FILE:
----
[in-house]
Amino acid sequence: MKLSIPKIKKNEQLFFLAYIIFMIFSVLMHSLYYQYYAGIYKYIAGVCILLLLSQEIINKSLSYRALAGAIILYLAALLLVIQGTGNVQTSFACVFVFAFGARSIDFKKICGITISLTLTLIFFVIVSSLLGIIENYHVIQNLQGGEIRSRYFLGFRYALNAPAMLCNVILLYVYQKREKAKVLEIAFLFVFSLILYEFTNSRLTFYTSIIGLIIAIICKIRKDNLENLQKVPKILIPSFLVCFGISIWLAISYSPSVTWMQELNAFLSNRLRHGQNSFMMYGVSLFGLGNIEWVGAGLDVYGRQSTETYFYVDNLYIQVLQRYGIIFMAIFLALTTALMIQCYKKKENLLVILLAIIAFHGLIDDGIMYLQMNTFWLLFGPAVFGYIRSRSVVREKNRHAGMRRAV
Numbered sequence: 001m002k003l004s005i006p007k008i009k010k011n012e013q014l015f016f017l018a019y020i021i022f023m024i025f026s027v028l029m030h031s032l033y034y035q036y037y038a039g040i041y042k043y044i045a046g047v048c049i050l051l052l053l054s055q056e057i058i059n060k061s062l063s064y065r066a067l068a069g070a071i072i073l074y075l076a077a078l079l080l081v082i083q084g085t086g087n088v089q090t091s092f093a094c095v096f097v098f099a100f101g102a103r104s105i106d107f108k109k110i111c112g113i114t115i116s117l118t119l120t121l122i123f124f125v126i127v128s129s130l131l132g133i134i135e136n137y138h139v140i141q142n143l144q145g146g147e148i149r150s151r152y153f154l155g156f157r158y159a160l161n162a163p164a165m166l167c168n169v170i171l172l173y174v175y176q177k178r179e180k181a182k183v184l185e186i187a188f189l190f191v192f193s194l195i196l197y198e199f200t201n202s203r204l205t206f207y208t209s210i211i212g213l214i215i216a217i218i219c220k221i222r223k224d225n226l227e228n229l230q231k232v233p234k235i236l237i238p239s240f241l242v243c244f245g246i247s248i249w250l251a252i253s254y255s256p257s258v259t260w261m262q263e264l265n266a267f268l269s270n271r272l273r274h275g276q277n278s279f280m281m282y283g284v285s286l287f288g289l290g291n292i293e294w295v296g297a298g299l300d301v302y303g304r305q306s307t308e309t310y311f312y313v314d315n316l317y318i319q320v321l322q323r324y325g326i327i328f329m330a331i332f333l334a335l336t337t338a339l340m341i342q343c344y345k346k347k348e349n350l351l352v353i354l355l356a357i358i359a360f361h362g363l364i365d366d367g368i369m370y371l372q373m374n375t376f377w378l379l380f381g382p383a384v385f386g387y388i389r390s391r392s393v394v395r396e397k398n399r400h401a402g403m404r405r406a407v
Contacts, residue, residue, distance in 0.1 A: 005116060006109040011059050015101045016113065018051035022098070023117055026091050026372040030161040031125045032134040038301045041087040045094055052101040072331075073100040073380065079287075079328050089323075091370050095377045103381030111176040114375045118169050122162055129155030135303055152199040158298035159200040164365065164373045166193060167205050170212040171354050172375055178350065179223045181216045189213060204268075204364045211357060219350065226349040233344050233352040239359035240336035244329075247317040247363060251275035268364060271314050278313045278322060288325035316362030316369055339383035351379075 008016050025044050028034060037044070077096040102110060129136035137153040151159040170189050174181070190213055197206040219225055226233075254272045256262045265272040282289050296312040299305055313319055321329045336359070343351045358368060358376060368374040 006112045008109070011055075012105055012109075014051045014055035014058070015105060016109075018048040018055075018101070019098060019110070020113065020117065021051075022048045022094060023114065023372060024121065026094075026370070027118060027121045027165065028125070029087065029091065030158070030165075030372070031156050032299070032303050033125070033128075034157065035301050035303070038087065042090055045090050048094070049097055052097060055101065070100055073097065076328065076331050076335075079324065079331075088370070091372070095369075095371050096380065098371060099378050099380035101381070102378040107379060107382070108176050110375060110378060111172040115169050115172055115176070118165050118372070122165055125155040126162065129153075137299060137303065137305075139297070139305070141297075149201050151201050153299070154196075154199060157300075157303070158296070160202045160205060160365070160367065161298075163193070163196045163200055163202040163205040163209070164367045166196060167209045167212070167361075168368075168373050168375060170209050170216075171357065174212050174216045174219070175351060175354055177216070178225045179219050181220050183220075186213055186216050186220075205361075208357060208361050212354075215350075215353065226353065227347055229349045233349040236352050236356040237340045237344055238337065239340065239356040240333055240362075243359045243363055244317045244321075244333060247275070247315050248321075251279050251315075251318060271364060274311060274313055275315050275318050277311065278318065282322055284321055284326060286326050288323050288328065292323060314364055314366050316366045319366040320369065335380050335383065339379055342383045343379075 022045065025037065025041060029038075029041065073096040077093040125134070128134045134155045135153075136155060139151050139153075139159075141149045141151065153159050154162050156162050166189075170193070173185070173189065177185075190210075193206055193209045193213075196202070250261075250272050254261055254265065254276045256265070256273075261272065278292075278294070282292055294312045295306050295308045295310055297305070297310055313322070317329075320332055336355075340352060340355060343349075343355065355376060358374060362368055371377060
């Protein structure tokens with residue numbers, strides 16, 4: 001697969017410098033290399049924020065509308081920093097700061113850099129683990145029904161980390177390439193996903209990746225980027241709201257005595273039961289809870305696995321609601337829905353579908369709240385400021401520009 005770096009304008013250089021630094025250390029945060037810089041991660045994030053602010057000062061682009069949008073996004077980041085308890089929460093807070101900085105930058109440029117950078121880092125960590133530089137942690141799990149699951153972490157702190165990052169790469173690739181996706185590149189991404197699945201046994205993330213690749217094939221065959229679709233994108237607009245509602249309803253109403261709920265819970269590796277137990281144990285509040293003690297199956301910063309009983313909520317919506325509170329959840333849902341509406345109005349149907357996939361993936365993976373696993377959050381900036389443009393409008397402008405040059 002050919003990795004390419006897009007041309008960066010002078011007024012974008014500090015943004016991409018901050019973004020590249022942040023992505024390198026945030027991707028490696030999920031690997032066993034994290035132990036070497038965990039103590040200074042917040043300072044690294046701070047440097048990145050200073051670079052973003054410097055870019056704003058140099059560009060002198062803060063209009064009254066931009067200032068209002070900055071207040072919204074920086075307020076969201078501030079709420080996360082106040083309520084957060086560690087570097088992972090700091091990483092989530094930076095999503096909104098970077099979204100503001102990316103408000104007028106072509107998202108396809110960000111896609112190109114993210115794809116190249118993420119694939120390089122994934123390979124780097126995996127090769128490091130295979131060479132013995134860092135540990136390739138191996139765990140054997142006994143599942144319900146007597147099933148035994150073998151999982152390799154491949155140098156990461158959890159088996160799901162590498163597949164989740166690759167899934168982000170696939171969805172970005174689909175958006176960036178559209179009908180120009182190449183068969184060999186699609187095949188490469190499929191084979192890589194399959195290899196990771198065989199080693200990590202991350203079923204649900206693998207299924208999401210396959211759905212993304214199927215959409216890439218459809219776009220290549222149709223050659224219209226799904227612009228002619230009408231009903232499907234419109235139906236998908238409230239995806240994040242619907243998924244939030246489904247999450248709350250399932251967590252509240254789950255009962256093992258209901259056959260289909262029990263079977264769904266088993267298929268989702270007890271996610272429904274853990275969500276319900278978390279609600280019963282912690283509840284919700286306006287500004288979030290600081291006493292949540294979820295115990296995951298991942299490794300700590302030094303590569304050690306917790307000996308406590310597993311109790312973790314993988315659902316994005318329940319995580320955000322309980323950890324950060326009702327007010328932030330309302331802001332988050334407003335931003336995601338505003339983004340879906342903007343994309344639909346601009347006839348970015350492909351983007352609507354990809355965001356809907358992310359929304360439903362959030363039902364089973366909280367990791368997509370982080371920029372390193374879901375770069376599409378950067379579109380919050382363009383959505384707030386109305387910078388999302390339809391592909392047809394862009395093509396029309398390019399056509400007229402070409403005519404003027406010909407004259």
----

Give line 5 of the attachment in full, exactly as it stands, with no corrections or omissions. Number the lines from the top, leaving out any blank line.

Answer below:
């Protein structure tokens with residue numbers, strides 16, 4: 001697969017410098033290399049924020065509308081920093097700061113850099129683990145029904161980390177390439193996903209990746225980027241709201257005595273039961289809870305696995321609601337829905353579908369709240385400021401520009 005770096009304008013250089021630094025250390029945060037810089041991660045994030053602010057000062061682009069949008073996004077980041085308890089929460093807070101900085105930058109440029117950078121880092125960590133530089137942690141799990149699951153972490157702190165990052169790469173690739181996706185590149189991404197699945201046994205993330213690749217094939221065959229679709233994108237607009245509602249309803253109403261709920265819970269590796277137990281144990285509040293003690297199956301910063309009983313909520317919506325509170329959840333849902341509406345109005349149907357996939361993936365993976373696993377959050381900036389443009393409008397402008405040059 002050919003990795004390419006897009007041309008960066010002078011007024012974008014500090015943004016991409018901050019973004020590249022942040023992505024390198026945030027991707028490696030999920031690997032066993034994290035132990036070497038965990039103590040200074042917040043300072044690294046701070047440097048990145050200073051670079052973003054410097055870019056704003058140099059560009060002198062803060063209009064009254066931009067200032068209002070900055071207040072919204074920086075307020076969201078501030079709420080996360082106040083309520084957060086560690087570097088992972090700091091990483092989530094930076095999503096909104098970077099979204100503001102990316103408000104007028106072509107998202108396809110960000111896609112190109114993210115794809116190249118993420119694939120390089122994934123390979124780097126995996127090769128490091130295979131060479132013995134860092135540990136390739138191996139765990140054997142006994143599942144319900146007597147099933148035994150073998151999982152390799154491949155140098156990461158959890159088996160799901162590498163597949164989740166690759167899934168982000170696939171969805172970005174689909175958006176960036178559209179009908180120009182190449183068969184060999186699609187095949188490469190499929191084979192890589194399959195290899196990771198065989199080693200990590202991350203079923204649900206693998207299924208999401210396959211759905212993304214199927215959409216890439218459809219776009220290549222149709223050659224219209226799904227612009228002619230009408231009903232499907234419109235139906236998908238409230239995806240994040242619907243998924244939030246489904247999450248709350250399932251967590252509240254789950255009962256093992258209901259056959260289909262029990263079977264769904266088993267298929268989702270007890271996610272429904274853990275969500276319900278978390279609600280019963282912690283509840284919700286306006287500004288979030290600081291006493292949540294979820295115990296995951298991942299490794300700590302030094303590569304050690306917790307000996308406590310597993311109790312973790314993988315659902316994005318329940319995580320955000322309980323950890324950060326009702327007010328932030330309302331802001332988050334407003335931003336995601338505003339983004340879906342903007343994309344639909346601009347006839348970015350492909351983007352609507354990809355965001356809907358992310359929304360439903362959030363039902364089973366909280367990791368997509370982080371920029372390193374879901375770069376599409378950067379579109380919050382363009383959505384707030386109305387910078388999302390339809391592909392047809394862009395093509396029309398390019399056509400007229402070409403005519404003027406010909407004259």